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The Dangers of Thinking Machines By Brian Simpson
I have been covering the issue of the rise of the machines and the dangers of high tech, which the average punter seems oblivious to. One aspect of this problem relates to the mind of robots, which have thought processes quite unlike humans, and that is where the dumb human race could come unstuck:
“A robot walks into a bar. It goes CLANG. Alexa and Siri can tell jokes mined from a humor database, but they don’t get them. Linguists and computer scientists say this is something to consider on April Fools’ Day: Humor is what makes humans special. When people try to teach machines what’s funny, the results are at times laughable but not in the way intended. “Artificial intelligence will never get jokes like humans do,” said Kiki Hempelmann, a computational linguist who studies humor at Texas A&M University-Commerce. “In themselves, they have no need for humor. They miss completely context.” And when it comes to humor, the people who study it — sometimes until all laughs are beaten out of it — say context is key. Even expert linguists have trouble explaining humor, said Tristan Miller, a computer scientist and linguist at Darmstadt University of Technology in Germany. “Creative language — and humor in particular — is one of the hardest areas for computational intelligence to grasp,” said Miller, who has analyzed more than 10,000 puns and called it torture. “It’s because it relies so much on real-world knowledge — background knowledge and commonsense knowledge. A computer doesn’t have these real-world experiences to draw on. It only knows what you tell it and what it draws from.” Allison Bishop , a Columbia University computer scientist who also performs stand-up comedy, said computer learning looks for patterns, but comedy thrives on things hovering close to a pattern and veering off just a bit to be funny and edgy. Humor, she said, “has to skate the edge of being cohesive enough and surprising enough.”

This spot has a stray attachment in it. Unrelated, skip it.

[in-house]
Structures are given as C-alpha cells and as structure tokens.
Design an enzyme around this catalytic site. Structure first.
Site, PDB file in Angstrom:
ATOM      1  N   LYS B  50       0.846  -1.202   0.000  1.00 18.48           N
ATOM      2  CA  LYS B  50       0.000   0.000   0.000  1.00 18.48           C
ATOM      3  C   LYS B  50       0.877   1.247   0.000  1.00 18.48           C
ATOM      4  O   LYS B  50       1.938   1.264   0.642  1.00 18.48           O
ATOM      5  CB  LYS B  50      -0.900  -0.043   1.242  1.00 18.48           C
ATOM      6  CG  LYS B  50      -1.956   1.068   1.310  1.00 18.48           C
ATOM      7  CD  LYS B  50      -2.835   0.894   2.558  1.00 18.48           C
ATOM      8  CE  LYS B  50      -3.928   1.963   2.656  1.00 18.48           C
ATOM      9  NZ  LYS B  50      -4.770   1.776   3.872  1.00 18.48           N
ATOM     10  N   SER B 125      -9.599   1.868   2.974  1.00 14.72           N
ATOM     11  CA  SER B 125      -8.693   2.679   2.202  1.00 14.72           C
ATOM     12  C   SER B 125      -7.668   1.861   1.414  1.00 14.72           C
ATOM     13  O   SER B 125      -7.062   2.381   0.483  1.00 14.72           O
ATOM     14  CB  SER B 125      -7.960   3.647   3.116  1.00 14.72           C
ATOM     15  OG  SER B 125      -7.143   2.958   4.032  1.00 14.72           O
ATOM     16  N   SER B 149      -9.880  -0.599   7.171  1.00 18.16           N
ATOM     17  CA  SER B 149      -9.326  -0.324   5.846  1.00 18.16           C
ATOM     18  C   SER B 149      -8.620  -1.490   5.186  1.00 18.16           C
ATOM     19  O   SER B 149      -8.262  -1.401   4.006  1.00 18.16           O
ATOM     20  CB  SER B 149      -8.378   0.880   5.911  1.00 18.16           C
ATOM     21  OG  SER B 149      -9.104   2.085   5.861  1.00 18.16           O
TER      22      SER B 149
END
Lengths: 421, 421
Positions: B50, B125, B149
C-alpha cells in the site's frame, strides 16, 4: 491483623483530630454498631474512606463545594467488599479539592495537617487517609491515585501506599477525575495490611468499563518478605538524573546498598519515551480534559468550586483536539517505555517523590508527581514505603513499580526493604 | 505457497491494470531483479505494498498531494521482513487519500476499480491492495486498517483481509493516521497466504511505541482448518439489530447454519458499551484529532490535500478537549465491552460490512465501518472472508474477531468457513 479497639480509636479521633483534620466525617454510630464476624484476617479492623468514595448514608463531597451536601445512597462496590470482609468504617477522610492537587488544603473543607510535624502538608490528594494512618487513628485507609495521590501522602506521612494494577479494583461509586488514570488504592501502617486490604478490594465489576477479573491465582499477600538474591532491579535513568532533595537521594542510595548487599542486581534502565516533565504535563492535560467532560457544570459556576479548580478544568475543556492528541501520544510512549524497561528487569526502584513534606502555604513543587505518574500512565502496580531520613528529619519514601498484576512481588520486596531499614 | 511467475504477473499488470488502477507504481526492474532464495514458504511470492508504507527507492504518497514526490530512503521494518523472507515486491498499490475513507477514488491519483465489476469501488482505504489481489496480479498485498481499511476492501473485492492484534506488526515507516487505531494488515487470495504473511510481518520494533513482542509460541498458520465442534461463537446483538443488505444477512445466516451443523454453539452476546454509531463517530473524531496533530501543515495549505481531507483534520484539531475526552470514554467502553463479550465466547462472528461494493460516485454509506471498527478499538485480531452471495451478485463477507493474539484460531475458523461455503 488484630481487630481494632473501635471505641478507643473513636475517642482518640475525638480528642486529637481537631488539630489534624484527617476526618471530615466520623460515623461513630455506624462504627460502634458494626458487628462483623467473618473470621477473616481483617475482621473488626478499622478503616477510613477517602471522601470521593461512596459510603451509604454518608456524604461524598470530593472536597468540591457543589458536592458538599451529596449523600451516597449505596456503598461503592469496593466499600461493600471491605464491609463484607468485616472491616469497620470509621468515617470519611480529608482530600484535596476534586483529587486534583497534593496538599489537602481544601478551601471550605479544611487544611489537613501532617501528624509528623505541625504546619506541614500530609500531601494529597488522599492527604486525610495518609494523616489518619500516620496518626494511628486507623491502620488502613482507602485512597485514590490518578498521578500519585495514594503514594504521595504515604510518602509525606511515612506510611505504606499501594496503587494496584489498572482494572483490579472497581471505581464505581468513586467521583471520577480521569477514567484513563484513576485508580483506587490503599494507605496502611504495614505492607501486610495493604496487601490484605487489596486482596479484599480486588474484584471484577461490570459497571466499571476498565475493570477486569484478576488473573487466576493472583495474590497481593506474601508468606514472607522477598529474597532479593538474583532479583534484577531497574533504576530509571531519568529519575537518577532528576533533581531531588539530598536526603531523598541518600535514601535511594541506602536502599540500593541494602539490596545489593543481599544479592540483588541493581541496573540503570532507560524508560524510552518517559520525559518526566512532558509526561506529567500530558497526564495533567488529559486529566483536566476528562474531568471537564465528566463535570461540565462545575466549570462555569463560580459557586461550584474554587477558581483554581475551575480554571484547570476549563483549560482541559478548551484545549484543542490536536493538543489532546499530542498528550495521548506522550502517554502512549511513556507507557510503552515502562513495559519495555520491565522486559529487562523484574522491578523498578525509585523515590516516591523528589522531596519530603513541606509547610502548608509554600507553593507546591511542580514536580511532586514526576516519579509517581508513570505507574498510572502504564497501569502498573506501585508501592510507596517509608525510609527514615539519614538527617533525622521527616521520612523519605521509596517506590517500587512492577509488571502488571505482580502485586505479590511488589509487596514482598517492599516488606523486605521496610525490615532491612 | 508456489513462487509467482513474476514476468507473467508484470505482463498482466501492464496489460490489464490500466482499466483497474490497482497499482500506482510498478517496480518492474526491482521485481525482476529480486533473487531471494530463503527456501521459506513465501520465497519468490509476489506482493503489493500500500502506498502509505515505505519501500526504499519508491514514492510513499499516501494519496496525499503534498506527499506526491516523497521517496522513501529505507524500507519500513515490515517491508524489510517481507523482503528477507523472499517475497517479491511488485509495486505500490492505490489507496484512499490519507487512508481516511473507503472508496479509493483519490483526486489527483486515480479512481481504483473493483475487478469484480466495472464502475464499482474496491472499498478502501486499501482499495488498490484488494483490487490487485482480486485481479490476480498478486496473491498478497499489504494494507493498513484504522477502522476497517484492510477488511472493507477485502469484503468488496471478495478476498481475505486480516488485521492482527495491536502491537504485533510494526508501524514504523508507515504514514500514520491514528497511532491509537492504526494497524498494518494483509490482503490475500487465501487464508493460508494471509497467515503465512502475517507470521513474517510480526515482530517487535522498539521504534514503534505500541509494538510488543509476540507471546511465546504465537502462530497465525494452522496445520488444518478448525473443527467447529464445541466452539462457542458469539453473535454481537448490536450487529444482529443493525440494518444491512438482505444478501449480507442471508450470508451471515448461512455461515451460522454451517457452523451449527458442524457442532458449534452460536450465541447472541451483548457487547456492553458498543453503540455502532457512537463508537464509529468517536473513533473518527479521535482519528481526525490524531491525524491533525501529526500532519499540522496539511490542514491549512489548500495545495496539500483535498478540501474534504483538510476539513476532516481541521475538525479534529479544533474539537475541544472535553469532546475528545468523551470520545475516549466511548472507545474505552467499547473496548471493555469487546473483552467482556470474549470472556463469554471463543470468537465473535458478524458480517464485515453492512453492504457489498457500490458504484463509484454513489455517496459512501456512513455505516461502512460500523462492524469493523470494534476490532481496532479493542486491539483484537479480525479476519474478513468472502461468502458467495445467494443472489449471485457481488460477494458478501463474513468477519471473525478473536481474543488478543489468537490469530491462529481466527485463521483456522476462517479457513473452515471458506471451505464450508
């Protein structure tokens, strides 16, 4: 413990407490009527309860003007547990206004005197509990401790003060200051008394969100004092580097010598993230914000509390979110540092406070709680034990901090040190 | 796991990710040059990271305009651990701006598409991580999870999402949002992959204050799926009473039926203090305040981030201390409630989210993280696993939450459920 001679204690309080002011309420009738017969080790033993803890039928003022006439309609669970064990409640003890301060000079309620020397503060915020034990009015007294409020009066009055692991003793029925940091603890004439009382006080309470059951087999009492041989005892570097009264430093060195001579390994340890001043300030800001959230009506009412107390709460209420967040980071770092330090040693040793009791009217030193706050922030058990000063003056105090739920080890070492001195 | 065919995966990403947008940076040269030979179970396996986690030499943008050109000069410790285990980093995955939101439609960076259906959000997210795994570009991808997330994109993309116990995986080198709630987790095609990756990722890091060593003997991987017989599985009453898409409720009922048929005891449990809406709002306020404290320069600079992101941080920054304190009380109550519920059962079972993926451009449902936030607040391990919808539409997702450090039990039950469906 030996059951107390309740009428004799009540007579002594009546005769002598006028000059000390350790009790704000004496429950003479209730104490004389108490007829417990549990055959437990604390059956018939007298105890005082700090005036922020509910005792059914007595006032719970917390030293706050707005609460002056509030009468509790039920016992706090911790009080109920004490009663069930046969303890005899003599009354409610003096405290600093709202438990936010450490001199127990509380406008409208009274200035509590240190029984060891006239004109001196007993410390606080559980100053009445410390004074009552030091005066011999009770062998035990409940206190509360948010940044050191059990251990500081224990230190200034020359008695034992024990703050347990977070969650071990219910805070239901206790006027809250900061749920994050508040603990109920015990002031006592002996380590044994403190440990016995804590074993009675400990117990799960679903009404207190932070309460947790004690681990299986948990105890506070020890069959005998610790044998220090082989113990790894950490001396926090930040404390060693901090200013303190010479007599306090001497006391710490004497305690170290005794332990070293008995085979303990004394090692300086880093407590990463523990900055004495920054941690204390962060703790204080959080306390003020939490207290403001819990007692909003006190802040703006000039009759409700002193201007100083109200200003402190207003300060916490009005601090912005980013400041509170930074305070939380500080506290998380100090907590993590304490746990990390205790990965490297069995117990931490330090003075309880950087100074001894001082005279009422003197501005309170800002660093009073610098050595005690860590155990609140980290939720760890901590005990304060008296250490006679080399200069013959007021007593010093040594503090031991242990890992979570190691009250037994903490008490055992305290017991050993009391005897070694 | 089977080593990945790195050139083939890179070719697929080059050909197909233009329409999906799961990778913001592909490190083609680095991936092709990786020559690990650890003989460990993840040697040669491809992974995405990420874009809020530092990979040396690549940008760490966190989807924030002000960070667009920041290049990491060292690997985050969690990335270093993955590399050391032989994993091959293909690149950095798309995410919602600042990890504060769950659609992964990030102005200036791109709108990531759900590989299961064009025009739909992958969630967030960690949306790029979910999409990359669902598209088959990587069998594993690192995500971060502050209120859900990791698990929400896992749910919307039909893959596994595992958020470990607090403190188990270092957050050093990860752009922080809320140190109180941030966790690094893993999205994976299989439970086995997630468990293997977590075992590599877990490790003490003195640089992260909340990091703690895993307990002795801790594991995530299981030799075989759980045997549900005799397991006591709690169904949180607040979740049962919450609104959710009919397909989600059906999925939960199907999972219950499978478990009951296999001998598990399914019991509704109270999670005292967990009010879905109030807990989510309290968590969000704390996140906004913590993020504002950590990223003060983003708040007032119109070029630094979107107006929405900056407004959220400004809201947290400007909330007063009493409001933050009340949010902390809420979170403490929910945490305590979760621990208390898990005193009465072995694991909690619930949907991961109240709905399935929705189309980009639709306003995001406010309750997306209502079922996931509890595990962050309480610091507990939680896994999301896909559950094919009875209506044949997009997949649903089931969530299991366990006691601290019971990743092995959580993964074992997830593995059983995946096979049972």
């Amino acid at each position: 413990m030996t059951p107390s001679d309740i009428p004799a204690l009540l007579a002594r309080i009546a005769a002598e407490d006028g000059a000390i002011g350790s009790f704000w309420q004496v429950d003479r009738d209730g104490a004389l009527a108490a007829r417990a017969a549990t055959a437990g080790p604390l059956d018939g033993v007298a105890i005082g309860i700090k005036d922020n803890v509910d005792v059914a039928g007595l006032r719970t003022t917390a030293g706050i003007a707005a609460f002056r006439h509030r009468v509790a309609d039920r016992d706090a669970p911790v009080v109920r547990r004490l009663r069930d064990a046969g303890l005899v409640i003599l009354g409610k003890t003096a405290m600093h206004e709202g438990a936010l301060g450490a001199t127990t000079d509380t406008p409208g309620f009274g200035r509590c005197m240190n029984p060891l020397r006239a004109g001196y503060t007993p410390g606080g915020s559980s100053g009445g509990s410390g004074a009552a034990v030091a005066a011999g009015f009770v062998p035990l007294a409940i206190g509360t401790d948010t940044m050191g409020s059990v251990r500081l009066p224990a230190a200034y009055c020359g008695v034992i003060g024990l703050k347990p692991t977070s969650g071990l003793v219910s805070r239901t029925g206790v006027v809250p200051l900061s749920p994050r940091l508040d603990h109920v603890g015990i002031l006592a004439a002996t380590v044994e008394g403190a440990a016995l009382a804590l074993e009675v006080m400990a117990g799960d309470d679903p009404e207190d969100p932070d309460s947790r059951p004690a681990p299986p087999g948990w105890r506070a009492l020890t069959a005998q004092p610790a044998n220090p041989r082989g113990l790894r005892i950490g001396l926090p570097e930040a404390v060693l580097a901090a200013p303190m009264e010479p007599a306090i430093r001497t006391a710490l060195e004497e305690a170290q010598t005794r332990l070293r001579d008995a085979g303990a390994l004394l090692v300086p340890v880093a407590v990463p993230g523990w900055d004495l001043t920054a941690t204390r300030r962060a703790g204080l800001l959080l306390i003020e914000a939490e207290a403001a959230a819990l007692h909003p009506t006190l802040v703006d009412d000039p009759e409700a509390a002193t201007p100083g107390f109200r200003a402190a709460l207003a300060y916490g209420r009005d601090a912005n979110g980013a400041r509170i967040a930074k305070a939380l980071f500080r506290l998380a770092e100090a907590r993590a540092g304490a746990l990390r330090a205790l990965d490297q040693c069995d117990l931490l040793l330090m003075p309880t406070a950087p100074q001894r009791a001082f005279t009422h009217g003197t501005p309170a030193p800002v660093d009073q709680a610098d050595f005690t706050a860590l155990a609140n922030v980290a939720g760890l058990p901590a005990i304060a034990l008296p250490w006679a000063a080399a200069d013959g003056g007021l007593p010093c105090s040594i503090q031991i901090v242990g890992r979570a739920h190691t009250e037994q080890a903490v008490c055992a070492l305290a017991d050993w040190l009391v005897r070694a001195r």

For comedians that’s job security. Bishop said her parents were happy when her brother became a full-time comedy writer because it meant he wouldn’t be replaced by a machine. “I like to believe that there is something very innately human about what makes something funny,” Bishop said. Oregon State University computer scientist Heather Knight created the comedy-performing robot Ginger to help her design machines that better interact with — and especially respond to — humans. She said it turns out people most appreciate a robot’s self-effacing humor. Ginger, which uses human-written jokes and stories, does a bit about Shakespeare and machines, asking, “If you prick me in my battery pack, do I not bleed alkaline fluid?” in a reference to The Merchant of Venice.
There is a serious issue here, that the humour point illustrates. A thinking machine is going to, by definition, lack human desires. Its mind is not going to be influenced by the desire for sex, social attention and all the factors that power human history. Maybe the thinking machine could have a desire for power, but even that is not clear. When we contemplate the “singularity” when a computer mind moves beyond a fixed program, and can be said to be autonomous in the same way of the human mind, assuming that all the philosophical issues with this can somehow be overcome, then we are in new territory. Humans do not know what such beings would have as a game plan. There is no reason why organic life would be valued by them over computer “life.” Thus, there is no reason why they would not seek to eliminate humans, who would just get in the way of their dominance of the world.
If this happens, then we all are to blame, every dumb blind consumer who has no thought for the future, but lives only for the moment of consumption, tapping away on their smart phones.
Authorised by K. W. Grundy
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